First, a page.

Sport in the UK

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The final of the football competition takes place every May at the famous Wembley stadium in London. Some of the best known clubs in England are Manchester United, Liverpool and the Arsenal. In Scotland either Rangers, Celtic or Aberdeen usually win the cup or the championship.

Today, many people are only interested in football because of the pools and the chance of winning a lot of money.

Football pools

"Doing the pools" is a popular form of betting on football results each week. It is possible to win more than half a million pounds for a few pence.

The English have never been against a gamble though most of them know where to draw the line and wisely refrain from betting too often. Since the war the most popular form of gambling is no doubt that of staking a small sum on the football pools. (The word "pool" is connected with the picture of streams of money pouring into a common fund, or "pool" from which the winners are paid after the firm has taken its expenses and profit.) Those who do so receive every week from one of the pools firms a printed form; on this are listed the week's matches. Against each match, or against a number of them, the optimist puts down a I, a 2 or an x to show that he thinks the result of the match will be a home win (stake on funs team), an away win (stake on a team of opponent) or a draw. The form is then posted to the pools firm, with a postal order or cheque for the sum staked (or, as the firms say, "invested"). At the end of the week the results of the matches are announced on television and published in the newspapers and the "investor" can take out his copy of his coupon and check his forecast.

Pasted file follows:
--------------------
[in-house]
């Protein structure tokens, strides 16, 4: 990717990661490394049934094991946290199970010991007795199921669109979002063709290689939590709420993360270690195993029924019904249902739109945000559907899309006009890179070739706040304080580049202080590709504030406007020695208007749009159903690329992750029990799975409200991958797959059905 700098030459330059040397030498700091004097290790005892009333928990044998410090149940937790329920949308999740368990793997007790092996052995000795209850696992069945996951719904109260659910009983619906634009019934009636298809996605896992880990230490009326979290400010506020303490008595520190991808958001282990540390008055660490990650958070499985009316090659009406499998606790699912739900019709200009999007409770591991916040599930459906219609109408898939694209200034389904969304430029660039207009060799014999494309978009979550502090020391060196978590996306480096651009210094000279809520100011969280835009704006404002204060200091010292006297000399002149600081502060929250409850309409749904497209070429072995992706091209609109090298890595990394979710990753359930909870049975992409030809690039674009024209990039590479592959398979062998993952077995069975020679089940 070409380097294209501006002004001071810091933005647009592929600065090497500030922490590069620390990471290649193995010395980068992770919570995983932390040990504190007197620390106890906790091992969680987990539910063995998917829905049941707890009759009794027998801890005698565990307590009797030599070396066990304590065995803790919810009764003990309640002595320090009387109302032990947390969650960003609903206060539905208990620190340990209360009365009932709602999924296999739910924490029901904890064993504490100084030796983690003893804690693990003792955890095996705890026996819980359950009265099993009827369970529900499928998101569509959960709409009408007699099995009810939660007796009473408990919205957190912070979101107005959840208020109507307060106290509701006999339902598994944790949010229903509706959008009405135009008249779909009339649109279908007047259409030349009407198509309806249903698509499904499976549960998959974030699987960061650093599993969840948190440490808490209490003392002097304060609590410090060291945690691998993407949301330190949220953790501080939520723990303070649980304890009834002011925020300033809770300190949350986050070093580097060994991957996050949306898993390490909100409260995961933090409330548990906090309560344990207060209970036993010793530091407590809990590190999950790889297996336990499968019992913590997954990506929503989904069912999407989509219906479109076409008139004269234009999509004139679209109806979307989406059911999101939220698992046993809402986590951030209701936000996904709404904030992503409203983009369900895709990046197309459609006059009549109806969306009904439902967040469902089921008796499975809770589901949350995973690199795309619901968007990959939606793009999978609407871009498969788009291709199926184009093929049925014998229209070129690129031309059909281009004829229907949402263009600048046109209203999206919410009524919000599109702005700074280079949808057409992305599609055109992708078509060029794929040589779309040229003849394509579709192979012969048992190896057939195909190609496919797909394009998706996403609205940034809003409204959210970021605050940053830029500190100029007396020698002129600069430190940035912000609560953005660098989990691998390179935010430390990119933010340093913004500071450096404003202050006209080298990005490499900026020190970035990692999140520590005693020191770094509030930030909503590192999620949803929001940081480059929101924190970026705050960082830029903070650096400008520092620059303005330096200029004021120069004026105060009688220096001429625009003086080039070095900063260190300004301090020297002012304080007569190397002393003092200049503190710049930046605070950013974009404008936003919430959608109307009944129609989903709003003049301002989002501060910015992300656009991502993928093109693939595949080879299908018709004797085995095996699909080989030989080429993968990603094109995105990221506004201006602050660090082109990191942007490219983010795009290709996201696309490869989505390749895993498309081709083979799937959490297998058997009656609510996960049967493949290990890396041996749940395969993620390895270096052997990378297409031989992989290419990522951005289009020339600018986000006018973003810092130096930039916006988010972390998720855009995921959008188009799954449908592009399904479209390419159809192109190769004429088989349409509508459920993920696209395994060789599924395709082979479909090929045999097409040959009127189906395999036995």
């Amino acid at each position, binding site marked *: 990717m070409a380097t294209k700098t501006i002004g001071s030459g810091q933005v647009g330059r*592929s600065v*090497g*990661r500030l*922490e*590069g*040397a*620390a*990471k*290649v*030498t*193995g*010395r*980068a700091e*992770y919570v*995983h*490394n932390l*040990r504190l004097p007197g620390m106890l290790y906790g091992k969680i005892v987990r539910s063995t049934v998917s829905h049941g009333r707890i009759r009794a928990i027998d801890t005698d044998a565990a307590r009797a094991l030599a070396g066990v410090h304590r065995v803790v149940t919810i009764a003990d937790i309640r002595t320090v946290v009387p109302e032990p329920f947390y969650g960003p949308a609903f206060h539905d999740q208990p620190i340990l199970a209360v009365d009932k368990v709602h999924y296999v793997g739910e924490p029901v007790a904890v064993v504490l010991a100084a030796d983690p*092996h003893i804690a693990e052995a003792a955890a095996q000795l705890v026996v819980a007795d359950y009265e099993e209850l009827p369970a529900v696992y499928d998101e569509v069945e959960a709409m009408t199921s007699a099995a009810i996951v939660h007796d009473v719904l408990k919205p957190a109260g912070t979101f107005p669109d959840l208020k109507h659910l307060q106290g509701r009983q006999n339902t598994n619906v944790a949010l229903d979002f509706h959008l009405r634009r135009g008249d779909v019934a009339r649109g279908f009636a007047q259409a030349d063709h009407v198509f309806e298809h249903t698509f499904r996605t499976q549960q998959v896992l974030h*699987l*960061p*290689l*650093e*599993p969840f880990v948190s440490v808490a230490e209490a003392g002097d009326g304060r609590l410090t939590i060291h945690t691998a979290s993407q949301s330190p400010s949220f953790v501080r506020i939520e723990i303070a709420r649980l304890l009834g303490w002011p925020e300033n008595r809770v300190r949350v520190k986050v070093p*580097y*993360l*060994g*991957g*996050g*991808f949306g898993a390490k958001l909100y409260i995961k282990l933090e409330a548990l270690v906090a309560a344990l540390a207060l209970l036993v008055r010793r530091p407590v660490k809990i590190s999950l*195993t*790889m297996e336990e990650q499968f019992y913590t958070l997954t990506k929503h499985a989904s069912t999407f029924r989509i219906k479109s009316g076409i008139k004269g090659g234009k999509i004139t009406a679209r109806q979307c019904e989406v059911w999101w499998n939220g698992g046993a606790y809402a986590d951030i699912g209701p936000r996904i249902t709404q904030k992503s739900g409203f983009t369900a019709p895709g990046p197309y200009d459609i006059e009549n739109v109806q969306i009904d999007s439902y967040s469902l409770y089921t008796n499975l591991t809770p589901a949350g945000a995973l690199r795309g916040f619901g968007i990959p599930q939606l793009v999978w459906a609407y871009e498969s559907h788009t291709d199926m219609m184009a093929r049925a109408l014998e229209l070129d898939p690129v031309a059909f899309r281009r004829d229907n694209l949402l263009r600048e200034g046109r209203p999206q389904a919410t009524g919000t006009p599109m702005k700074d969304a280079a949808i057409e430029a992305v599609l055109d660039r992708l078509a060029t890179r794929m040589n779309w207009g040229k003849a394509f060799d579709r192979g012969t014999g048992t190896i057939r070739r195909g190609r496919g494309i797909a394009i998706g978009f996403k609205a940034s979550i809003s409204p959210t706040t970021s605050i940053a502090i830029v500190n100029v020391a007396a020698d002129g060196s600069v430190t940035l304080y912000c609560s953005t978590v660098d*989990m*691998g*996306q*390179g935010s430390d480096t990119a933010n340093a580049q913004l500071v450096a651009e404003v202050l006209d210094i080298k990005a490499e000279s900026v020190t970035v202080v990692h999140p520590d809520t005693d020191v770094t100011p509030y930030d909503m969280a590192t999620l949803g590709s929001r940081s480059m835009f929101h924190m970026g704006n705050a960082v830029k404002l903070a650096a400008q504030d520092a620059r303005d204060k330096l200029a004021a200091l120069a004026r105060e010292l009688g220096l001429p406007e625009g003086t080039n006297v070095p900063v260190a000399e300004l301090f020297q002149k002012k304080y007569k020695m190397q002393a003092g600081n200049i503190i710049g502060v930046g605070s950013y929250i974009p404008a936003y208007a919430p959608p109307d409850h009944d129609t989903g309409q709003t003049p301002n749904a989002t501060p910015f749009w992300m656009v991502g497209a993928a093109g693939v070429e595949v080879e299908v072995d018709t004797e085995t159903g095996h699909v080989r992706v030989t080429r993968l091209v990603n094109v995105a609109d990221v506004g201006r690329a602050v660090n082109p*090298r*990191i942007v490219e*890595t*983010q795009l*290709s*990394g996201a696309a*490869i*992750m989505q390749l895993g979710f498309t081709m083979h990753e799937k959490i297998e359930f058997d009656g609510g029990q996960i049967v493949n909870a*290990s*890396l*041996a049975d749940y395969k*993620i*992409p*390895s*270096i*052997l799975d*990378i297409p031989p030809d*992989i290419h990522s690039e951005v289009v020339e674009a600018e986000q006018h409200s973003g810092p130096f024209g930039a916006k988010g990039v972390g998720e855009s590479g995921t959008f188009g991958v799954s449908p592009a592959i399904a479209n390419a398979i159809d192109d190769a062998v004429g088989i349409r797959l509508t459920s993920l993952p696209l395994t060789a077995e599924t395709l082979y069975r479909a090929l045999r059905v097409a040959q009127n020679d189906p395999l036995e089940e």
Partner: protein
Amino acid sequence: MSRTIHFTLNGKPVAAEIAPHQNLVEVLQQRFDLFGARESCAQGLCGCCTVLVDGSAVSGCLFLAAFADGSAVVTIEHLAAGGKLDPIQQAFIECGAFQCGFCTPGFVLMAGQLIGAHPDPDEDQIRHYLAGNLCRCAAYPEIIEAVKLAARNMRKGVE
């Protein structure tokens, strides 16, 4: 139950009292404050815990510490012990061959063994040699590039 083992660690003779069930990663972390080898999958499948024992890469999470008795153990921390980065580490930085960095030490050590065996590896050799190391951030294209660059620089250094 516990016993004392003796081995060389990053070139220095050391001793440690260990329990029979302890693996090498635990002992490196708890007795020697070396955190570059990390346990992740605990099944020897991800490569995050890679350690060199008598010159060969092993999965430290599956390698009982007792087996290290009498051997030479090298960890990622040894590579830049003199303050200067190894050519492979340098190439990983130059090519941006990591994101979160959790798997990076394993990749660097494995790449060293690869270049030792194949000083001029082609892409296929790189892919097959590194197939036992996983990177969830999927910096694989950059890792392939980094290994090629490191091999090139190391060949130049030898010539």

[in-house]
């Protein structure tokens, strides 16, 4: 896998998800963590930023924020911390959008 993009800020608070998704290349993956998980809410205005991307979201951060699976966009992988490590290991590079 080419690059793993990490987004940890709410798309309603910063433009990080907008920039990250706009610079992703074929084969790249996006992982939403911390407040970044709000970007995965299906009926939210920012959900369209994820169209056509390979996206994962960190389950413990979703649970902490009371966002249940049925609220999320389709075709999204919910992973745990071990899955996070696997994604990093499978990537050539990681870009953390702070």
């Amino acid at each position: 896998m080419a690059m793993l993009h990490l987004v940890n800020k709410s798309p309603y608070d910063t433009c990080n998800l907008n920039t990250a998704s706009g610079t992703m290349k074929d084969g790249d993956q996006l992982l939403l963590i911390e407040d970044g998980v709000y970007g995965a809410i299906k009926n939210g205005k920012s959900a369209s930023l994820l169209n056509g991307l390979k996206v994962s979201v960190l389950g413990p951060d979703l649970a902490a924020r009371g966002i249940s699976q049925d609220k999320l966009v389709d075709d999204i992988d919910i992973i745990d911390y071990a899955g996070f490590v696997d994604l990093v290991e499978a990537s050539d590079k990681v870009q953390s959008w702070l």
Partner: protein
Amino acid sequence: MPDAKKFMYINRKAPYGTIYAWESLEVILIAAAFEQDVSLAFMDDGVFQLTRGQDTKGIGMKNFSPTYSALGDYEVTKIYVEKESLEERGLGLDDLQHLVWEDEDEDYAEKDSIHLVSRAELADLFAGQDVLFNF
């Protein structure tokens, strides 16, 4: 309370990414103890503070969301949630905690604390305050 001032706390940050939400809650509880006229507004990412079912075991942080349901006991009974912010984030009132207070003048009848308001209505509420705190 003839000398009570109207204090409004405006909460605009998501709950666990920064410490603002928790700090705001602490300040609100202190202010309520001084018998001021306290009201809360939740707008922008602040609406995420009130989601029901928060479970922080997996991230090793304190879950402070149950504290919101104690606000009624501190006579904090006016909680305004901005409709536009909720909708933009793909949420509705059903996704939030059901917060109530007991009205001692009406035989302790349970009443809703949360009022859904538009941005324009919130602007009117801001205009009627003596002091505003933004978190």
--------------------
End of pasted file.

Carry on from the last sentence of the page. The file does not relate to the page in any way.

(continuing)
Rugby

There is another game called rugby football, so called because it originated at Rugby, a well-known English public school. In this game the players may carry the ball. Rugby football (or 'rugger') is played with an egg-shaped ball, which may be carried and thrown (but not forward). The ball is passed from hand to hand rather than from foot to foot. If a player is carrying the ball he may be 'tackled' and made to fall down. Each team has fifteen players, who spend a lot of time lying in the mud or on top of each other and become very dirty, but do not need to wear such heavily protective clothing as players of American football.

There are two forms of rugby - Rugby Union, which is strictly amateur, and Rugby League, played largely in the north, which is a professional sport. Rugby Union has fifteen players, while Rugby League has thirteen, but the two games are basically the same. They are so similar that somebody who is good at one of them can quickly learn to become good at the other. The real difference between them is a matter of social history. Rugby union is the older of the two. In the nineteenth century it was enthusiastically taken up by most of Britain's public schools. Rugby league split off from rugby union at the end of the century. There are two versions of this fast and aggressive ball game: rugby union and rugby league. Although it has now spread to many of the same places in the world where rugby union is played (rugby union is played at top level in the British Isles, France, Australia, South Africa and New Zealand; also to a high level in North America, Argentina, Romania and some Pacific islands). Rugby can be considered the 'national sport' of Wales, New Zealand, Fiji, Western Samoa and Tonga, and of South African whites. Its traditional home is among the working class of the north of England, where it was a way for miners and factory workers to make a little bit of extra money from their sporting talents. Unlike rugby union, it has always been a professional sport.

: 27/06/2007